For the slots-deprived, lamenting the Gold Spike’s move from boutique casino to Zappos playpen, there’s consolation to be had in at least one area: It’s entirely possible a future Oscar winner will be hashed out there between September 30 and October 5.
Six aspiring screenwriters were selected to take part in the inaugural Black List Screenwriters Lab to meet with four screenwriter mentors in Downtown Las Vegas. For a community constantly seeking the heir to CineVegas, this could very well be its spiritual successor in terms of talent and artistic ambition.
Franklin Leonard was working as a junior executive in Leonardo DiCaprio’s Appian Way production company in 2005 when he wanted to go on vacation and get a little work done. But instead of grabbing the latest stack of scripts, he sent an email to his colleagues across several companies asking for the best scripts they’d read. The Black List was born. (James Spader’s The Blacklist would have to wait eight years.)
“I was reading as many screenplays as I could get my hands on, and the vast majority of them were mediocre to bad. I knew also because I was working for one of the biggest stars in the world, I must be seeing the best material. Most of it still was not good. It left me with this reality that one of two things was happening,” he says. “Either the job was to read terrible material, or the job was to find good material and I was bad at my job. One of those two things was happening, neither of them was good, and it probably meant that my mother calling me once a week to ask about law school was something I should take more seriously.”
The Black List, which compiles the best scripts that haven’t been made into movies, has become an annual touchstone for Hollywood movers and shakers. Of the 600 or so scripts that have made the list since 2005, 200 have been produced, three of the last five won Best Picture Oscars and seven have taken Best Writing Oscars, whether original or adapted. That includes last year’s Original Screenplay winner Django Unchained and Adapted Screenplay winner Argo, which also took Best Picture. Screenwriter Chis Terrio, in fact, said that Ben Affleck found Argo because of its inclusion on the Black List.
But the Screenwriters Lab is a new project as the Black List pushes into unexplored territory, becoming a screenwriting clearinghouse where aspiring writers can upload scripts, and executives can peruse content curated by a collection of former frontline studio script readers.
The mentors include Billy Ray (The Hunger Games, Captain Phillips), Kiwi Smith (10 Things I Hate About You, Legally Blonde), Brian Koppelman (Rounders, Runner Runner) and Jenny Lumet (Rachel Getting Married). The participants come from across the country and are working on a wide range of projects, from Jan Arnold’s Afronell, about a teen musician in South Central trying to break into the ’70s Los Angeles punk scene to Nick Malik’s Year of the Woodcock!, which follows “a delusional cripple who blackmails his estranged brother into finding him a date for the biggest night of his life.”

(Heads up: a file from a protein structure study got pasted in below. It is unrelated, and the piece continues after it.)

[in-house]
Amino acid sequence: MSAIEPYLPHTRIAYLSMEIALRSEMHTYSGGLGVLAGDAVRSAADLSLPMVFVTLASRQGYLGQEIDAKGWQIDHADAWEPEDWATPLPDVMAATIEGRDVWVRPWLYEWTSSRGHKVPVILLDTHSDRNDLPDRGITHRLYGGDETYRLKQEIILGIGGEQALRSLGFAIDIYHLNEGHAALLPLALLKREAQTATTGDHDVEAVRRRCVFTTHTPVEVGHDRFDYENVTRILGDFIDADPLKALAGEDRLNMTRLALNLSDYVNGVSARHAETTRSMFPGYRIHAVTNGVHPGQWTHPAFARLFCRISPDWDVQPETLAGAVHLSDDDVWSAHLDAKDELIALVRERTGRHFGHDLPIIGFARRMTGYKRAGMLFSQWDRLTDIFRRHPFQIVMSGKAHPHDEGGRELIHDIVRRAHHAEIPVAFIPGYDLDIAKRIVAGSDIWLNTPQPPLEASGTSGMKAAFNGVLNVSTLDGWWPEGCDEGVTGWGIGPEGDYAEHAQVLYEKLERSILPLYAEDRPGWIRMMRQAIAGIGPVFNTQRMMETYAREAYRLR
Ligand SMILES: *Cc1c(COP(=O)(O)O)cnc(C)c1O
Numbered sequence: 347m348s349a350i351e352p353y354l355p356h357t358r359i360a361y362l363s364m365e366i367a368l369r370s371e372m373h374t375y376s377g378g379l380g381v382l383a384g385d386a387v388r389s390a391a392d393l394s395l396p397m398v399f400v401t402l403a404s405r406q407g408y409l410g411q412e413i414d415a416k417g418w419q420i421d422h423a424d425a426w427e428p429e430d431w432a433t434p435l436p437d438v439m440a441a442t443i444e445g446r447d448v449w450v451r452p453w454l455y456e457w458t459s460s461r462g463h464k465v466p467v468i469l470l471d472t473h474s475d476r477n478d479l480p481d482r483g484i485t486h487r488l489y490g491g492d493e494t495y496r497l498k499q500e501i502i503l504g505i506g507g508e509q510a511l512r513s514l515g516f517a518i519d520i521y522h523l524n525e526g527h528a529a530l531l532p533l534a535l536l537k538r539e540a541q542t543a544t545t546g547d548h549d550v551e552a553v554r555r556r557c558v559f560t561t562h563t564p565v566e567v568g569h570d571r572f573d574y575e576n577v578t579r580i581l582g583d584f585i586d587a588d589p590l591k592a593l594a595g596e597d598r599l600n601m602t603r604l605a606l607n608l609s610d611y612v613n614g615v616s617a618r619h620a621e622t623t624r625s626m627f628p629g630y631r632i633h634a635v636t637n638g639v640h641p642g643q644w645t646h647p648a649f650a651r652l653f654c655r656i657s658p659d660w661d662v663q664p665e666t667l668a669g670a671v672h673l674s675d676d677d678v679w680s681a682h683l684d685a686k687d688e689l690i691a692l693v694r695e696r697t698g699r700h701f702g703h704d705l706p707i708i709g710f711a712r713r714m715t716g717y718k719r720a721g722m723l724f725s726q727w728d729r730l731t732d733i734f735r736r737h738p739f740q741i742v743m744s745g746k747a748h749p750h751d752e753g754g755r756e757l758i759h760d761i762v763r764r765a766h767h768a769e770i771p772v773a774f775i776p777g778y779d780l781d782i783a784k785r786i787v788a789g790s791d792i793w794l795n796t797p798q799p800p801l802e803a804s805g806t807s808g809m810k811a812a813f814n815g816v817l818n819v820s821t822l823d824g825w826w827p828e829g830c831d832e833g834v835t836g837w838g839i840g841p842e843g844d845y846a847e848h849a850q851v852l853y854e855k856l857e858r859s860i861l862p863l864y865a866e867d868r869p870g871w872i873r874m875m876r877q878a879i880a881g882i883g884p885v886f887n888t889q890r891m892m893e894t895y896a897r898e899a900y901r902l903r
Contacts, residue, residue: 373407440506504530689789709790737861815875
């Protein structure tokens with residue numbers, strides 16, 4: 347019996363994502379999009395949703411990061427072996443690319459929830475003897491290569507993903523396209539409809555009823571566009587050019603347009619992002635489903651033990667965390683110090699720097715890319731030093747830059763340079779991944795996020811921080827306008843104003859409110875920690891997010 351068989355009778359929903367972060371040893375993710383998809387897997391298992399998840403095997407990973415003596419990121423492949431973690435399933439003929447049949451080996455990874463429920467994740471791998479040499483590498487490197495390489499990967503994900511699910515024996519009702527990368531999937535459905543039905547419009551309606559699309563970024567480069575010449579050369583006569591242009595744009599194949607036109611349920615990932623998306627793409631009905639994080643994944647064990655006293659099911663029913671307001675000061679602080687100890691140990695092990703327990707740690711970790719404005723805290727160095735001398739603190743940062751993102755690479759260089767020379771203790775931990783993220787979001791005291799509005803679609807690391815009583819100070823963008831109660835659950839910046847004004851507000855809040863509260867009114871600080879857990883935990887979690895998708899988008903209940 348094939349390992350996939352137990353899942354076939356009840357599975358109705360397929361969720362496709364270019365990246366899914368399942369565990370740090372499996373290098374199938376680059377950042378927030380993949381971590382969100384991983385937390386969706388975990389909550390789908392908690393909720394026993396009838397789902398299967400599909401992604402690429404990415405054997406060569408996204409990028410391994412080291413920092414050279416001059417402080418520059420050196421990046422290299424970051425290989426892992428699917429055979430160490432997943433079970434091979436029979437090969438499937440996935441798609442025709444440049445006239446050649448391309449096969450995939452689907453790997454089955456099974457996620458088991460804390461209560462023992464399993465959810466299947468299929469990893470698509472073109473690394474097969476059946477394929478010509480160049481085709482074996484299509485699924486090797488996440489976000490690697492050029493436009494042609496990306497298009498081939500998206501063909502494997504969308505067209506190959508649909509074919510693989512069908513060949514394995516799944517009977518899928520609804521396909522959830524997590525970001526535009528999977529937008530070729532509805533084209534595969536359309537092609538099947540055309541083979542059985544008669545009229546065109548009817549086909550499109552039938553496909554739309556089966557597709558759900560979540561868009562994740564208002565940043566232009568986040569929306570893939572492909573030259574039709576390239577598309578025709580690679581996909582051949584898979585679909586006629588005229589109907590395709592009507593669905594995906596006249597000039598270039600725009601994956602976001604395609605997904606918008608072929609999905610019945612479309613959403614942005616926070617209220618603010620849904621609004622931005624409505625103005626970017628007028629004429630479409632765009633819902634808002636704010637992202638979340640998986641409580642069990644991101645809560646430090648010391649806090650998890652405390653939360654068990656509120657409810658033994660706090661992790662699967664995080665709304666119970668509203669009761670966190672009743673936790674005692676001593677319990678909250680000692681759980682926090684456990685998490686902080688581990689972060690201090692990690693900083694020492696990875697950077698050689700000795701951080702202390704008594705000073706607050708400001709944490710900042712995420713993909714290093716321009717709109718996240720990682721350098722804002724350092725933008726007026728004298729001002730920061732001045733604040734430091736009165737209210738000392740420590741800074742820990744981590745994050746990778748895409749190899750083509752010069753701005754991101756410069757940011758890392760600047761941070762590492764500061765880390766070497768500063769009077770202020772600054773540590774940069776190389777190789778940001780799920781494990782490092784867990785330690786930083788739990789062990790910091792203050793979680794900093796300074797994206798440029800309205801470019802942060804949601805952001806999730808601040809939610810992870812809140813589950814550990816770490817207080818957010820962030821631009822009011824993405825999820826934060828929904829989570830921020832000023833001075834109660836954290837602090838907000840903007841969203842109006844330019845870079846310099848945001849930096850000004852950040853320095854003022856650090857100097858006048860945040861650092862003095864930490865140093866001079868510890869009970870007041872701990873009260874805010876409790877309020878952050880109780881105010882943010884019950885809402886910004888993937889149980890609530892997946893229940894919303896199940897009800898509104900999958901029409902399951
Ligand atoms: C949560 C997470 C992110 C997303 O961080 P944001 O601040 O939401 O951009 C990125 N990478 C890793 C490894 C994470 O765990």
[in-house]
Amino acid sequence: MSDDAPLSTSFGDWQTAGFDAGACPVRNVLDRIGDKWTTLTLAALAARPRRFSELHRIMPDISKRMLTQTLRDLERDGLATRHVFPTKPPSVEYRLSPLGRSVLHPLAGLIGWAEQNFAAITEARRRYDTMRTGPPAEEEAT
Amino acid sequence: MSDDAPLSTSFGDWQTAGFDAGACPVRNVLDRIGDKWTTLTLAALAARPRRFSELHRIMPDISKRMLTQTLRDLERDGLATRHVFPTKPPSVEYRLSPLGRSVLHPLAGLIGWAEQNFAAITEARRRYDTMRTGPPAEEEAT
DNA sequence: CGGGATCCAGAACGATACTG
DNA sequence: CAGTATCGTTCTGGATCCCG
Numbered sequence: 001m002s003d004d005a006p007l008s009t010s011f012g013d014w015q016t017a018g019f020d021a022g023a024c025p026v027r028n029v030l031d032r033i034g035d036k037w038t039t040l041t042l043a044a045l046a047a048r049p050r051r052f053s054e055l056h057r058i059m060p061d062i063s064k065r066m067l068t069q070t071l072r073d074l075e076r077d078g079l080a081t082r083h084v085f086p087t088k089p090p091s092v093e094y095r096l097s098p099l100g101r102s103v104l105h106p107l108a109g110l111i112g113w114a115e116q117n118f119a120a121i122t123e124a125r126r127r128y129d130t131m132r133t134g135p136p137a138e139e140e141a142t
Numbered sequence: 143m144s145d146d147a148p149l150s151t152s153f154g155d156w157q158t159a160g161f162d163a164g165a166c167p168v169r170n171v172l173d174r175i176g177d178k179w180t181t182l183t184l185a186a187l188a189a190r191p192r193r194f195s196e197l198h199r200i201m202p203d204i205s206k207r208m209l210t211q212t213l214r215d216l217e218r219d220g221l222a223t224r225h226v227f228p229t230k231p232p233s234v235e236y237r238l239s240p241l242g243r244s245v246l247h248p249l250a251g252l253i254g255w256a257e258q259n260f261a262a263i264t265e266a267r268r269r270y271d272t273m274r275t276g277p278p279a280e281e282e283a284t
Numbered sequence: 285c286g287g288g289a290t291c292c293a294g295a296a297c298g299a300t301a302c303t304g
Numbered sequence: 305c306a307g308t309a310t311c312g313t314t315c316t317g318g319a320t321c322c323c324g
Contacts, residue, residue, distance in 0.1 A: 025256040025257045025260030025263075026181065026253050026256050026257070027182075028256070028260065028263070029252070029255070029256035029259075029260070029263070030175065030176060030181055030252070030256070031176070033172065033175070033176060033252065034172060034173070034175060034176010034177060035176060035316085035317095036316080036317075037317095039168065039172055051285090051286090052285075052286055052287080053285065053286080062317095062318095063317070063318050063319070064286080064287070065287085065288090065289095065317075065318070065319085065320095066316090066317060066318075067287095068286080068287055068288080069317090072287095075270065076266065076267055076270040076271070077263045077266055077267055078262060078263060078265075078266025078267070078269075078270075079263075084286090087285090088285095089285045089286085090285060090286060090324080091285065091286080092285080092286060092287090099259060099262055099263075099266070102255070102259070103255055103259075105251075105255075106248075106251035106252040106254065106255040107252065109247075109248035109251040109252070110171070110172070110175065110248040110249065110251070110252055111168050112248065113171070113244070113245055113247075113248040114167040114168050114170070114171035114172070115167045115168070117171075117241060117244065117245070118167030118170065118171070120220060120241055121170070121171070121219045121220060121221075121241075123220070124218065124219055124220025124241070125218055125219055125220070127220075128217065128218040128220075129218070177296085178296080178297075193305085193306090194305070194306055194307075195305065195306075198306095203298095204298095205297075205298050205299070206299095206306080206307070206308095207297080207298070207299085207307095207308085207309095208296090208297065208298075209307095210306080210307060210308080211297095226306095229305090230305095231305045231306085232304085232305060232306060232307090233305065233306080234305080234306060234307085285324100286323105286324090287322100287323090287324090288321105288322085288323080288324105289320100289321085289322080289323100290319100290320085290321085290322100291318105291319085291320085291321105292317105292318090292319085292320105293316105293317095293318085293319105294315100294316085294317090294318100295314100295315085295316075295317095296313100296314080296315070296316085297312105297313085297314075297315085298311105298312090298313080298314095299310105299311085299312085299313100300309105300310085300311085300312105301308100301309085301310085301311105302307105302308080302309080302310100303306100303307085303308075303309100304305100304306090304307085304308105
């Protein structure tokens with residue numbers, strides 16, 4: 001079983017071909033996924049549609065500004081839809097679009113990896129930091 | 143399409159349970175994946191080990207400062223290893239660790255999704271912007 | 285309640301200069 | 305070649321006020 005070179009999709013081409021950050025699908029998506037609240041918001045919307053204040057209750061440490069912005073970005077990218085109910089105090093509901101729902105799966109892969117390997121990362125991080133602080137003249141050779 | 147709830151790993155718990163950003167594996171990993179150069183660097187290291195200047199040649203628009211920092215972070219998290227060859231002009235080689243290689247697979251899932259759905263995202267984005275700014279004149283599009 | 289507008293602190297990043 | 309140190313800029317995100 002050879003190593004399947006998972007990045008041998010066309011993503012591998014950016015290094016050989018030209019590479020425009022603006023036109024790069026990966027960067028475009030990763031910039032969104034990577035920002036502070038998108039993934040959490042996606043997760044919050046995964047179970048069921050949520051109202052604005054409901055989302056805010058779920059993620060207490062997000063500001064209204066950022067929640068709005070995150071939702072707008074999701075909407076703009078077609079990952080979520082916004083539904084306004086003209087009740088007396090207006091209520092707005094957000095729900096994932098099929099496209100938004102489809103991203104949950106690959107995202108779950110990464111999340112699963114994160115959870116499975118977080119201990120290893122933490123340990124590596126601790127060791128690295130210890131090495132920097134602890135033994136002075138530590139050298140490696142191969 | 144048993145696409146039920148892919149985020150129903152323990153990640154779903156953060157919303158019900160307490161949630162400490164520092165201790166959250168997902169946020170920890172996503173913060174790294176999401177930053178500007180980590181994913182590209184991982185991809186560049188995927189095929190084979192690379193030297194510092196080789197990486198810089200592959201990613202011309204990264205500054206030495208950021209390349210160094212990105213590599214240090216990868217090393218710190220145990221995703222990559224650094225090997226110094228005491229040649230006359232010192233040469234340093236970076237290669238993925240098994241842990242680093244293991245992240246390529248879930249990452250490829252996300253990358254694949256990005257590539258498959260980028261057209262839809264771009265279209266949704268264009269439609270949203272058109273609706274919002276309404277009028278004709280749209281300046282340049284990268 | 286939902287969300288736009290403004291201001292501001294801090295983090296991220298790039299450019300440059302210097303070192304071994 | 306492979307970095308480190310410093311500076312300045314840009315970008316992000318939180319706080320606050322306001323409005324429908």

It was, of course, an encounter between Leonard and Tony Hsieh that put the wheels in motion. Leonard came to one of Hsieh’s catalyst weekends in April, facilitated by a mutual Harvard classmate, and the entrepreneur offered Leonard use of crash space in the Ogden. Now six months later, that’s where the bulk of the Lab will take place, with mentors and writers pairing off at whatever Downtown locations strike their fancy.
“In a world where the Internet exists, there’s no excuse for a culture where people are like ‘We’ll move out to L.A. and start networking.’ A) you shouldn’t have to live in L.A. to be a good writer. And B) your ability to network doesn’t determine whether you’re a good writer or not,” he says. “Most of the great writers I know are terrible networkers, because they’d rather be at home writing. I’d rather work with a writer who’d rather be at home writing than at a club talking to an agent trying to get them to sign. For us it’s about making sure the gap between being a working screenwriter and an aspiring screenwriter is being a good screenwriter.”
Inarguably, no matter how you feel about the Downtown Project and its vision for the future of Downtown, this is a win for the area.
Whether Las Vegas can ever be a film mecca is wide open for debate. Movies shoot here all the time, and always will, for location. It will never function like Pittsburgh or Toronto—convenient metropolitan stand-ins where the skyline is ambiguous enough to pose as Any City, U.S.A. Nor will it ever be Los Angeles or New York City.
What Vegas can be, though, is Park City, Utah. Or Austin, Texas. A place with a vibrant enough film culture to support a strong festival (we’ve done it before) and enough ancillary events (and shoots) to make this a permanent outpost of the movie-making machine—not just a location backdrop for Ocean’s 14, 15 and 16. (Unless that’s the only way we can get Clooney to hang out. He’s so dream—er, cool. He seems really cool to hang out with.)
Something like the Screenwriters Lab is a strong step in the right direction, and coupled with our CineVegas past and Las Vegas Film Festival present, proof that the future can accommodate more than what we’ve got going on now.
Because otherwise, I’m going to have to go to L.A. to fulfill my lifelong dream of being an extra in the next Star Wars movie, and I really don’t like putting all that wear and tear on my car.